For as long as I can remember, I’ve wanted to go places. When I was very young I don’t remember straying far from home, but as I got older, eight or nine years old, I started wandering. This was the 1960’s and most of us kids were left to our own devices during the summer. We didn’t wear protective gear and everyone played in the streets.
We moved to a new housing development just outside Colorado Springs when I was six. When I wasn’t in school, after my chores were done, I played outside. My parents required that I was home by dinner. That was my main limitation, except I wasn’t supposed to go down by the pond or over to the rail road tracks.
I remember being fascinated by that pond, with its rickety wooden planked dock and mud flats. There were fish in the pond. They were carp, but who cared. I didn’t have a fishing pole, but I was inventive and it was fun. One time I was down in the mud and one leg sunk down well above my knees. I managed to get out and hose myself off at home before my mom saw me, but that was the first time I had a clue that maybe the pond was dangerous. I didn’t know how to swim and my parents warning finally sunk in. It didn’t stop me from going back again and again.
Once I learned how to ride a bike, I wandered further afield. I loved the rail road tracks even though the trains scared the heck out of me. I liked the slag rocks. The melted stuff had pretty colors and weird shapes. The other kids and I would tell scary stories of how people would lose an arm or a leg or get completely squished by the train. I think it was these stories that contributed to my fascination with the train even more than the weird slag rocks.
We moved to Florence, Colorado, when I was in the fifth grade. Summers were spent on my bike or at the pool. I rode all over the place. I wanted to see what was out there. I rode my bike to the small old coal mining towns a couple miles south, just to see what was there.
When I finally had my own car at the ripe old age of seventeen, I drove everywhere around the area. I worked so I had gas money. I explored Canon City, Wetmore, the mountains, Skyline Drive, and some back roads. One weekend my boyfriend and I ended up in Walsenburg via the mountainous back roads. I called my parents from a pay phone (no cell phones then) and they were mad. I don’t remember how long I was grounded after that.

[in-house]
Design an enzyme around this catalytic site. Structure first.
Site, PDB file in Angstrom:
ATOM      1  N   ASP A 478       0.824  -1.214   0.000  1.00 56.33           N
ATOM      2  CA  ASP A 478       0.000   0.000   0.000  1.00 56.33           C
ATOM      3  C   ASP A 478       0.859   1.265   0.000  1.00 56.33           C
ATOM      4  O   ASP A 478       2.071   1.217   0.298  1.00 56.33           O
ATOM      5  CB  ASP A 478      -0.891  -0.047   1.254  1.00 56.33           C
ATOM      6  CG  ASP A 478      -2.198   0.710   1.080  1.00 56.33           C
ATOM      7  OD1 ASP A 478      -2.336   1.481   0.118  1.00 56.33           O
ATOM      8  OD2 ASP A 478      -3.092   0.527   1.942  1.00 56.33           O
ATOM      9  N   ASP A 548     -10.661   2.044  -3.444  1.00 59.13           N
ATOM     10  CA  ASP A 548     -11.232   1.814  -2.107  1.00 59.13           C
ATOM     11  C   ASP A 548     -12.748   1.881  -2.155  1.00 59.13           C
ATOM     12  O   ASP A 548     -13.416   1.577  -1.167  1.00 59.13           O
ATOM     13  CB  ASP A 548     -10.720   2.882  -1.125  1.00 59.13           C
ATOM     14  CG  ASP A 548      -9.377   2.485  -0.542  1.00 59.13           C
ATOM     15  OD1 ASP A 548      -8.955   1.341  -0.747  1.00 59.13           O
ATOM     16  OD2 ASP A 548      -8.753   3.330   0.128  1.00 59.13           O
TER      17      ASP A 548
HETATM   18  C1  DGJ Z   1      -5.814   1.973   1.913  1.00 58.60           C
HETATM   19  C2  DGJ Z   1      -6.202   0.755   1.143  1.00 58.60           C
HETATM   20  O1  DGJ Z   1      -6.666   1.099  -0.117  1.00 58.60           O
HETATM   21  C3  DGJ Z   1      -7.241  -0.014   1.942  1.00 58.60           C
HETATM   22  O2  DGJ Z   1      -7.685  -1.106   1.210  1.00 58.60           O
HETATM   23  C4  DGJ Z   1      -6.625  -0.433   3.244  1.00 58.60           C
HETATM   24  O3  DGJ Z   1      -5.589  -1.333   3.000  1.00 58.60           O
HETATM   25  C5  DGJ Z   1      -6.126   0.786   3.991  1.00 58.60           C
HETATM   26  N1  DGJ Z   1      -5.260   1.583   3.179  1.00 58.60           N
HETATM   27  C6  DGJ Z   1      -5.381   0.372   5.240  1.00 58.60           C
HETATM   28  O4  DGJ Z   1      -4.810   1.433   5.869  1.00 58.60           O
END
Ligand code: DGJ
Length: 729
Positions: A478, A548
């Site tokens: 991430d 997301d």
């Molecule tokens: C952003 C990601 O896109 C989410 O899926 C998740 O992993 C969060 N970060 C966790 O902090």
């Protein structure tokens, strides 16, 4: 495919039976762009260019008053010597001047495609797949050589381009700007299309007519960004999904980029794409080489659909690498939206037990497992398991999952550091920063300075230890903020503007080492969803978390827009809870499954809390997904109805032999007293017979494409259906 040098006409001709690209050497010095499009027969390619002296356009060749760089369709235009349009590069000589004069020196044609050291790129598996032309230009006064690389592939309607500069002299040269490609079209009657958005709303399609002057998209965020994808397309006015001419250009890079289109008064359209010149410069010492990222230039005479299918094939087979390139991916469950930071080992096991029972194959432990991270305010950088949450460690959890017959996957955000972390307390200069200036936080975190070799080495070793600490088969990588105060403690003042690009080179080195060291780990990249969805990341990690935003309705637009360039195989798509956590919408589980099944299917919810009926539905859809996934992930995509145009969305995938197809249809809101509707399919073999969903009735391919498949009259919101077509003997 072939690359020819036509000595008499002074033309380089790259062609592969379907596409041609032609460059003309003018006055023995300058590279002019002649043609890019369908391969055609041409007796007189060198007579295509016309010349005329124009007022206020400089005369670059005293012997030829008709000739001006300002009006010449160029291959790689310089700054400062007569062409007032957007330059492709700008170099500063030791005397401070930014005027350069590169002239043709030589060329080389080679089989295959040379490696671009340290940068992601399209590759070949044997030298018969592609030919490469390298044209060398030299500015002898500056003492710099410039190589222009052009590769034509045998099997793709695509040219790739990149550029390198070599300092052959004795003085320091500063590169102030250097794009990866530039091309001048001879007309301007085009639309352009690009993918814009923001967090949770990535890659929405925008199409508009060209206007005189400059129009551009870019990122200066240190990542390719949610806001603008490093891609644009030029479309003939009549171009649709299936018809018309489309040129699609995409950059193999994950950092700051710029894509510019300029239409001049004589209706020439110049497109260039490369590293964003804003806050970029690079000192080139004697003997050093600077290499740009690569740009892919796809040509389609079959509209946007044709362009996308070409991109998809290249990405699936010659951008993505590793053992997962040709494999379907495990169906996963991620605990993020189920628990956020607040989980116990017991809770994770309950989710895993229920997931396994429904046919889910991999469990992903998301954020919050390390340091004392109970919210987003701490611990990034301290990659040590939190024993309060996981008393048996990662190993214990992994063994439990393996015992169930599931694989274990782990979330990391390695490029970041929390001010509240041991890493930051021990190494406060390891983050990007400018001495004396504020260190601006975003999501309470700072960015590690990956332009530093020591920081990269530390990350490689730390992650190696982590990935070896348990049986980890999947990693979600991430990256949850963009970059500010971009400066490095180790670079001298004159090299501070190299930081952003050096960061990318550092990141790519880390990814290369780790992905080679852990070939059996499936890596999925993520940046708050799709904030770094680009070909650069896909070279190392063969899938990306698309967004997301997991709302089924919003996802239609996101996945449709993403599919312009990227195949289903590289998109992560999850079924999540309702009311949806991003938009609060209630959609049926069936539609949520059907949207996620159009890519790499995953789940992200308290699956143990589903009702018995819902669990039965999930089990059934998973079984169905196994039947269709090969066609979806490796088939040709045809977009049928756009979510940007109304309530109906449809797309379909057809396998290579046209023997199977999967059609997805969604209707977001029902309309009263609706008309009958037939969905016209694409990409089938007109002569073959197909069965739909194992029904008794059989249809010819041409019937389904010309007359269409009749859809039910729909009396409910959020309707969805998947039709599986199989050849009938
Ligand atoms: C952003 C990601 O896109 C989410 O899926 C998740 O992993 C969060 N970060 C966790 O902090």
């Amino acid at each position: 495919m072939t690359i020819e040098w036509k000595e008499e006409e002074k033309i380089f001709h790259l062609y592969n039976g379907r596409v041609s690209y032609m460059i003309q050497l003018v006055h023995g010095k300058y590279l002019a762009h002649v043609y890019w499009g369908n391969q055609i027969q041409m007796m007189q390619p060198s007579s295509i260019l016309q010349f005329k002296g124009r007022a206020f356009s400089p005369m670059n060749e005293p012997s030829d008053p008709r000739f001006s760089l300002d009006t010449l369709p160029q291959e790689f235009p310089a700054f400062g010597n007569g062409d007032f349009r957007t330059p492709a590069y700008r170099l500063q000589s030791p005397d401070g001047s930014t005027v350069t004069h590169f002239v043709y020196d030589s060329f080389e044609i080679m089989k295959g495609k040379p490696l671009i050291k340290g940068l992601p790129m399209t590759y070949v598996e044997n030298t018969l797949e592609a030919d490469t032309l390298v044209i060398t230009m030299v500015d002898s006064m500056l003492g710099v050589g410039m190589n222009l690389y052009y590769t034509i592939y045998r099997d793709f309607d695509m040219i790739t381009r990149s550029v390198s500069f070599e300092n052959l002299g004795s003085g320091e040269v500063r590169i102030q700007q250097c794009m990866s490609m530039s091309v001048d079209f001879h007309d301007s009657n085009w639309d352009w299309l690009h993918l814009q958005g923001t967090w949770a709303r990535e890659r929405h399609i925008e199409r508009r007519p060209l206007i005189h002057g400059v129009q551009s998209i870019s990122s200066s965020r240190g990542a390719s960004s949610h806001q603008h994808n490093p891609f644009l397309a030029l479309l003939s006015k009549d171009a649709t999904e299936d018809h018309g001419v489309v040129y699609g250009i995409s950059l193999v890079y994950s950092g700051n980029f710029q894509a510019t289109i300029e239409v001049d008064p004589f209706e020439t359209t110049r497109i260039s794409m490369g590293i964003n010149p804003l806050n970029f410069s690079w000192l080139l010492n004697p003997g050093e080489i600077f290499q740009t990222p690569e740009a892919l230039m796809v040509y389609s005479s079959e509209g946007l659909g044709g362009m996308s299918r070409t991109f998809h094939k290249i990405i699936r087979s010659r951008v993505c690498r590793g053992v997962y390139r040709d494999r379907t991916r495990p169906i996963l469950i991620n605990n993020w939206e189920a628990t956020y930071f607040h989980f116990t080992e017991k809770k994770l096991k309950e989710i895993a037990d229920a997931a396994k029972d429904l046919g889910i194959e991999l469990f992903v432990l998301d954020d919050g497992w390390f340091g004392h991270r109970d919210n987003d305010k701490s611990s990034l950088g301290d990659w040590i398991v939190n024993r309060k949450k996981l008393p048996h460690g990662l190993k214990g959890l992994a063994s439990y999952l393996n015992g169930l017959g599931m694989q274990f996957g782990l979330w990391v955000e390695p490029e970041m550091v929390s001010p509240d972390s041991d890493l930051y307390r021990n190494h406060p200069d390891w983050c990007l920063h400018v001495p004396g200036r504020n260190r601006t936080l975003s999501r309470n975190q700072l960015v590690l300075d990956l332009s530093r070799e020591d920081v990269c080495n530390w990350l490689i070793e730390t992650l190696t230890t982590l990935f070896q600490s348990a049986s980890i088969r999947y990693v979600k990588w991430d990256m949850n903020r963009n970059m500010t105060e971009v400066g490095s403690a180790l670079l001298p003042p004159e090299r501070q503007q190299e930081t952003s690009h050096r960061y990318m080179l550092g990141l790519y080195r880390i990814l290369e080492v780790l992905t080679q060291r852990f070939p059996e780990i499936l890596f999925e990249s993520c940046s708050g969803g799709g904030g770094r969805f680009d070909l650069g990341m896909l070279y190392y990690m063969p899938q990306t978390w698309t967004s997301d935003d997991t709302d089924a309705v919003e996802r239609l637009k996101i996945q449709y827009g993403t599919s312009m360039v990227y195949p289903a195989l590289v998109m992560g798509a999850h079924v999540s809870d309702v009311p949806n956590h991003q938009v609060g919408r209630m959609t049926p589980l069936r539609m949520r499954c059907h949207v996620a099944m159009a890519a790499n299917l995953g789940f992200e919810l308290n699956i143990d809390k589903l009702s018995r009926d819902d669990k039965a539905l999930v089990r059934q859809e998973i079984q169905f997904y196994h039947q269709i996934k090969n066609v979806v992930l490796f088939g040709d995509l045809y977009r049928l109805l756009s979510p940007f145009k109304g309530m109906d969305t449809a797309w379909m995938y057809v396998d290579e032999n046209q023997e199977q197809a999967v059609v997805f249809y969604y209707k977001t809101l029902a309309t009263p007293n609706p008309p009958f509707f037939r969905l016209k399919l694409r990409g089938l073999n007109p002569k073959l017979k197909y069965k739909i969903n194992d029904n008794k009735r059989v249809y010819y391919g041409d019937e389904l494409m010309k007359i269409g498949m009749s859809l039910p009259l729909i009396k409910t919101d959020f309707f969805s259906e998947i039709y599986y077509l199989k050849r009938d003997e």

Once I left home, the wandering bug never left me. My only constraints were time and money. I went somewhere every chance I got. After I moved to Tucson, I got a passport and off I went to the Cayman Islands, Hawaii, China, Scotland, New Zealand, Mexico, Canada, British Virgin Islands, Costa Rica, and Argentina and I’m not done yet.
I didn’t write before 2011. I’d never thought about travel writing. Yes, I read travel books, but the idea that I could write about my travels never occurred to me. Then I took a creative non-fiction class and wrote my first travel piece about Volcano National Park in Hawaii. With loads of encouragement and some shoving by Lisa Smith and Nancy Reid, publishers of Big Blend Magazines, I’ve written several other pieces. What I’m coming to realize is I like travel writing.
Some of this has to do with Big Blend Magazines Spirit of America tour. Lisa and Nancy’s goal is to visit all the National Parks and Monuments in the United States and Territories. Right now there are around 407 units but the number keeps changing as more places are added. Their enthusiasm for the project is infectious and it feeds into my desire to wander.
I’ve accompanied the Big Blend women to several National Parks or Monuments and wrote the articles about the park for the magazine. The best part of this was going to places I might not have ever visited. I rather like the smaller more obscure places. Most people have heard of The Grand Canyon, Yosemite, Yellowstone, or Glacier National Parks. Have you heard of Fort Bowie, Pipe Spring, or Tumacacori? Each place has that something special about it, but I’m finding I like the little bit of obscure human history captured by these smaller tucked away parks and monuments.
I just finished a piece for Big Blend on Pipe Spring National Monument. You’ll be able to read it in the November, 2015 issue. The next piece on my schedule is about the National Bison Range followed by a piece on the Izaak Walton Inn. The best part of it is I’m excited to write these pieces. For me, it’s slowly changing from an assignment and a deadline to a desire to share an experience.
Of course, this means I have to keep traveling. And writing. Oh gee, such pressure.